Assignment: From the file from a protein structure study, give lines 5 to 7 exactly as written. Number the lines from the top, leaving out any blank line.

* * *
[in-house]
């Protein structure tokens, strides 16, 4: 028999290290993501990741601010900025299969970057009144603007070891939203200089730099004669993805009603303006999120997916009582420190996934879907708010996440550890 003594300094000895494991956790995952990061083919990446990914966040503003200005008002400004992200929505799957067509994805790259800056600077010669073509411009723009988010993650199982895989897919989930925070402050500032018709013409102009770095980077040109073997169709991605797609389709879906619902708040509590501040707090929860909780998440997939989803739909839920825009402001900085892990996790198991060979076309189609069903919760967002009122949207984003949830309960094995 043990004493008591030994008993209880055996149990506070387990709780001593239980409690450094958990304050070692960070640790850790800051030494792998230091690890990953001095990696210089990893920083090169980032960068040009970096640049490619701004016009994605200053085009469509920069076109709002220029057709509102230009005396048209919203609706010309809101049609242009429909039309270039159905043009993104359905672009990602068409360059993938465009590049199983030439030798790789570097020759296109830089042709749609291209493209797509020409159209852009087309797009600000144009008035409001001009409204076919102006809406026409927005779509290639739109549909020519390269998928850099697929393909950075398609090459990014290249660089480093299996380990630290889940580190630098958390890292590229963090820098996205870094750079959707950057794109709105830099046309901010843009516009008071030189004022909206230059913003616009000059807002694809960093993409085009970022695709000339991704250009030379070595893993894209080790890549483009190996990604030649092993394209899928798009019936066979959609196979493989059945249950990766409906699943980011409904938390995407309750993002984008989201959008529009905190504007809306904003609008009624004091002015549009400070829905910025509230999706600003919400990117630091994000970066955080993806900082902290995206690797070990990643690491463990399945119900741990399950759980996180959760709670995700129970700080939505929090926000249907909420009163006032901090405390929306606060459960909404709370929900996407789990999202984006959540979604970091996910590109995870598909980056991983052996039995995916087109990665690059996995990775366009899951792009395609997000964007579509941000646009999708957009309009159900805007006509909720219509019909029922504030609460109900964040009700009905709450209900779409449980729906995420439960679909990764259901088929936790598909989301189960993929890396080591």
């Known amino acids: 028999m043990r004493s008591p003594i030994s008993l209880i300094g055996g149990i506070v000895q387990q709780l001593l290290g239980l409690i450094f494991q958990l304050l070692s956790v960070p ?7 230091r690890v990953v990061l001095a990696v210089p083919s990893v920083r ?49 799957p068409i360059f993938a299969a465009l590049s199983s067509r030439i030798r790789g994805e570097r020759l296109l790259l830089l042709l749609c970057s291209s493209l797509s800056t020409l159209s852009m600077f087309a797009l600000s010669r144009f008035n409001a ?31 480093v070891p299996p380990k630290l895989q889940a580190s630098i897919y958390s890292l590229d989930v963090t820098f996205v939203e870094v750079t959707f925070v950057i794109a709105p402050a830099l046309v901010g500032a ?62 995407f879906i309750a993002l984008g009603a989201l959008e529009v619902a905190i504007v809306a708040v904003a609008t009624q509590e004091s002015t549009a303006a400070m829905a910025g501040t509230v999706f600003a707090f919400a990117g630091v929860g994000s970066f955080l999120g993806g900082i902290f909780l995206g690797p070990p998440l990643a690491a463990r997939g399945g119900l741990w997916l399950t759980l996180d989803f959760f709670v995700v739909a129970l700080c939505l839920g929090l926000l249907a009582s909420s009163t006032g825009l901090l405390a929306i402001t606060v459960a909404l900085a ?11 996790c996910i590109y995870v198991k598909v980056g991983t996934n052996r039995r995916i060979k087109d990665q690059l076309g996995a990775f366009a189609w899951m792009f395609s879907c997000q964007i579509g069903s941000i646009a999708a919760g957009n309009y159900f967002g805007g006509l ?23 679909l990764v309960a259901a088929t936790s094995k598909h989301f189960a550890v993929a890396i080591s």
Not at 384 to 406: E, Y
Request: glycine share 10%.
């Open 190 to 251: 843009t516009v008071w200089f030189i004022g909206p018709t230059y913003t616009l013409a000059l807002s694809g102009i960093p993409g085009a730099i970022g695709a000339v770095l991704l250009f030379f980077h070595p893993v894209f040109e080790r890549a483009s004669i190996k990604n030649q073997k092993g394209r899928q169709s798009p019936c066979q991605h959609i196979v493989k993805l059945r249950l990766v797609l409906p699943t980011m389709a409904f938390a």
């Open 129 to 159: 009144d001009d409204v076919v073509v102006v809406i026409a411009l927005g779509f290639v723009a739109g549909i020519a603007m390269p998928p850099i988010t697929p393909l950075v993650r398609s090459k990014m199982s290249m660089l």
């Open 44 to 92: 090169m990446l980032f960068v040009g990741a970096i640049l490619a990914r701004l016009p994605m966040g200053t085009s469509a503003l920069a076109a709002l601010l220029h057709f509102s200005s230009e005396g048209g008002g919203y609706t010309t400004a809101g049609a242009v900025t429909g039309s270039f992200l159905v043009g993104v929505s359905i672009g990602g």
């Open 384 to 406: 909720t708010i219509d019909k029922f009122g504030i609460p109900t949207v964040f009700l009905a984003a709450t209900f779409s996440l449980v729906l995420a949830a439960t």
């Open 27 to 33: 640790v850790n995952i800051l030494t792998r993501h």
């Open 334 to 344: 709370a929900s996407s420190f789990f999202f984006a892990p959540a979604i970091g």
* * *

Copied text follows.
Request: glycine share 10%.
């Open 190 to 251: 843009t516009v008071w200089f030189i004022g909206p018709t230059y913003t616009l013409a000059l807002s694809g102009i960093p993409g085009a730099i970022g695709a000339v770095l991704l250009f030379f980077h070595p893993v894209f040109e080790r890549a483009s004669i190996k990604n030649q073997k092993g394209r899928q169709s798009p019936c066979q991605h959609i196979v493989k993805l059945r249950l990766v797609l409906p699943t980011m389709a409904f938390a």
């Open 129 to 159: 009144d001009d409204v076919v073509v102006v809406i026409a411009l927005g779509f290639v723009a739109g549909i020519a603007m390269p998928p850099i988010t697929p393909l950075v993650r398609s090459k990014m199982s290249m660089l």